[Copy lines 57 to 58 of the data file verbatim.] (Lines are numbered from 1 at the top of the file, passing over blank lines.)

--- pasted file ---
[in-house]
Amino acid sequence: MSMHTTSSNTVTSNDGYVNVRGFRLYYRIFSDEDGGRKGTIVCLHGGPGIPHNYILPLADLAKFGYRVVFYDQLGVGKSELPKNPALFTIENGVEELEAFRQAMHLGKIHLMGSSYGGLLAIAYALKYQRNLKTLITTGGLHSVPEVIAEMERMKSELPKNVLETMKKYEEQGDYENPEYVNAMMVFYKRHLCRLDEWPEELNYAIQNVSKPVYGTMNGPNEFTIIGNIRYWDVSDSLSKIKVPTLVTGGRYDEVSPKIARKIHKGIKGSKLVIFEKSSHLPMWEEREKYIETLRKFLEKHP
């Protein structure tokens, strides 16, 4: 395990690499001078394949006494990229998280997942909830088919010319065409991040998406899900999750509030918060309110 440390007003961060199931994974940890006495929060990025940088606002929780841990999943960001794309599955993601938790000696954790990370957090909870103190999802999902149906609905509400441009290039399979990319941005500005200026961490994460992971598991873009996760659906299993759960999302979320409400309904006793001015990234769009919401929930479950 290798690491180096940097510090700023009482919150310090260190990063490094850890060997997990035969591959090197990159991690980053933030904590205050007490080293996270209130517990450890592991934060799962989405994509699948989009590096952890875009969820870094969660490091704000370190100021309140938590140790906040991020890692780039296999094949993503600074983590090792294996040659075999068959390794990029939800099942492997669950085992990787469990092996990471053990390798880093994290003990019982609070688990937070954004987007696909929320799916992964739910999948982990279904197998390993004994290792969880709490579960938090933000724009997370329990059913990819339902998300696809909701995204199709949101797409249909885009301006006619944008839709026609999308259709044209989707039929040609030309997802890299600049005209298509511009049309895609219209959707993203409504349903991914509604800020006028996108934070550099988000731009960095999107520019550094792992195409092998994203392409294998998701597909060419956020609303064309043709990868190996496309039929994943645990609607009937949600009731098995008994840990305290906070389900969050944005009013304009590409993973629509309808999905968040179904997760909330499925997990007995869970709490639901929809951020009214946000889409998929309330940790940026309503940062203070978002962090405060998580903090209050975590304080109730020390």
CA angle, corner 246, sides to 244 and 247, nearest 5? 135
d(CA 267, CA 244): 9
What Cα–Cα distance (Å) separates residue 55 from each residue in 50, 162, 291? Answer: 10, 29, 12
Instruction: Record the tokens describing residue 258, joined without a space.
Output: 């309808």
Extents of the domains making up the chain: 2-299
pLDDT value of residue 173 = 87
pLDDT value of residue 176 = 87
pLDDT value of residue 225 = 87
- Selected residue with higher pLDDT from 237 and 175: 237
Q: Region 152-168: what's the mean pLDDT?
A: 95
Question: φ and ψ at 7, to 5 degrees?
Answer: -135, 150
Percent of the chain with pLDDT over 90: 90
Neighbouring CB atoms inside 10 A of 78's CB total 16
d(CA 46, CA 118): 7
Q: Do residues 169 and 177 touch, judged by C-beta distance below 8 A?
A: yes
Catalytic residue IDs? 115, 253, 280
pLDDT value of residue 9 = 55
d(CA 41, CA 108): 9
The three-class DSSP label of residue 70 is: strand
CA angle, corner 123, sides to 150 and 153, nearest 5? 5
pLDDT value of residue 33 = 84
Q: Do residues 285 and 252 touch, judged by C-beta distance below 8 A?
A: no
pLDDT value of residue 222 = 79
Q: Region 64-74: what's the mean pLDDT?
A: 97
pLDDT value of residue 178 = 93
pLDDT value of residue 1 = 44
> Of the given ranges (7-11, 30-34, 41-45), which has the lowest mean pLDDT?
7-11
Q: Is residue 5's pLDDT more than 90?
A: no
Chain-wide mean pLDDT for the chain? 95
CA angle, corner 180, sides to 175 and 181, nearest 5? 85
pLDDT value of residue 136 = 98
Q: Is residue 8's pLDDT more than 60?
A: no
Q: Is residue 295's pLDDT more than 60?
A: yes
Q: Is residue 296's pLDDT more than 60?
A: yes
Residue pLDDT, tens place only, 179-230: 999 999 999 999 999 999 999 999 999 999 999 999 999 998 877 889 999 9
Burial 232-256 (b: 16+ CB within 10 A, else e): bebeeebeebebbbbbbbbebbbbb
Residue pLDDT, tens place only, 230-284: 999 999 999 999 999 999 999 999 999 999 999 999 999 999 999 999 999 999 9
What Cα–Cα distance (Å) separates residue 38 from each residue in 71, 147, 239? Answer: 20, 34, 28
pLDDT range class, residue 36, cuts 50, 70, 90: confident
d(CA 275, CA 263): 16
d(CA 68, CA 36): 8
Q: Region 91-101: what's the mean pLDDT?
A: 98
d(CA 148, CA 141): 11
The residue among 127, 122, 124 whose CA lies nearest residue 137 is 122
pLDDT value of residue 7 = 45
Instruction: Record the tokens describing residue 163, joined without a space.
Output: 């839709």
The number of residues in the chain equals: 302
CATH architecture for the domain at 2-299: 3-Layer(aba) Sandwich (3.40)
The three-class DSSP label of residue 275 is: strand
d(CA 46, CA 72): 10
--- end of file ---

A: 98
d(CA 148, CA 141): 11